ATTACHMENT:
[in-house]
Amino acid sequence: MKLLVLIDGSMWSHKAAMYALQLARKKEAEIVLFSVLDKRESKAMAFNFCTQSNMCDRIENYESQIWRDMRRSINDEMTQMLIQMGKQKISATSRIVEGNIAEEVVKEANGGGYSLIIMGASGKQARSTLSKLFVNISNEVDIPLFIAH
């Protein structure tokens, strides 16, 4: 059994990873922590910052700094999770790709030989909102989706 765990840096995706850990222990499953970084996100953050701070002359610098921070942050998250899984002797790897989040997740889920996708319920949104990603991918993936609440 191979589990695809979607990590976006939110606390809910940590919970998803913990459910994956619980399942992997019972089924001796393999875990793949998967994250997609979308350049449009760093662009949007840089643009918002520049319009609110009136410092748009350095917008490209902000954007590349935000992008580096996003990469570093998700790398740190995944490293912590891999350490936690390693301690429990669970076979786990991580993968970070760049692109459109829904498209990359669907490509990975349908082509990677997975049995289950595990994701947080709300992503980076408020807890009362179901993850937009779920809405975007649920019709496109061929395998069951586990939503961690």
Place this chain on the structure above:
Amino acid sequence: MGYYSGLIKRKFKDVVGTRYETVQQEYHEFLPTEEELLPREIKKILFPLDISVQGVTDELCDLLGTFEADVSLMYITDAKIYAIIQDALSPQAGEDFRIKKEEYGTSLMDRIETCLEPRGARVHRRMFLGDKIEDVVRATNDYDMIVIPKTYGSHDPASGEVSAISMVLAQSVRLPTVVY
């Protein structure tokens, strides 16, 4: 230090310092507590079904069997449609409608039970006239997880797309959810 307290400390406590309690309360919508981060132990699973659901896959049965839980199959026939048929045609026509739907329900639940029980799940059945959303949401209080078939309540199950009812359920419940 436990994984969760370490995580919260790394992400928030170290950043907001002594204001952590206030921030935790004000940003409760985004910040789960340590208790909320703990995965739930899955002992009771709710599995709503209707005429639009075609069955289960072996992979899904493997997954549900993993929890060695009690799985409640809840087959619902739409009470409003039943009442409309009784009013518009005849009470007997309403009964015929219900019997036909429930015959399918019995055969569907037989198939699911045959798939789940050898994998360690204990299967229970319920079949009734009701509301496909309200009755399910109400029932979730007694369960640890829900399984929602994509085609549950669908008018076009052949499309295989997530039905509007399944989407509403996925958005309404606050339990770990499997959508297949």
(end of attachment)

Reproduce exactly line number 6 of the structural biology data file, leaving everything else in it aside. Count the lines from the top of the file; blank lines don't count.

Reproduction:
């Protein structure tokens, strides 16, 4: 230090310092507590079904069997449609409608039970006239997880797309959810 307290400390406590309690309360919508981060132990699973659901896959049965839980199959026939048929045609026509739907329900639940029980799940059945959303949401209080078939309540199950009812359920419940 436990994984969760370490995580919260790394992400928030170290950043907001002594204001952590206030921030935790004000940003409760985004910040789960340590208790909320703990995965739930899955002992009771709710599995709503209707005429639009075609069955289960072996992979899904493997997954549900993993929890060695009690799985409640809840087959619902739409009470409003039943009442409309009784009013518009005849009470007997309403009964015929219900019997036909429930015959399918019995055969569907037989198939699911045959798939789940050898994998360690204990299967229970319920079949009734009701509301496909309200009755399910109400029932979730007694369960640890829900399984929602994509085609549950669908008018076009052949499309295989997530039905509007399944989407509403996925958005309404606050339990770990499997959508297949």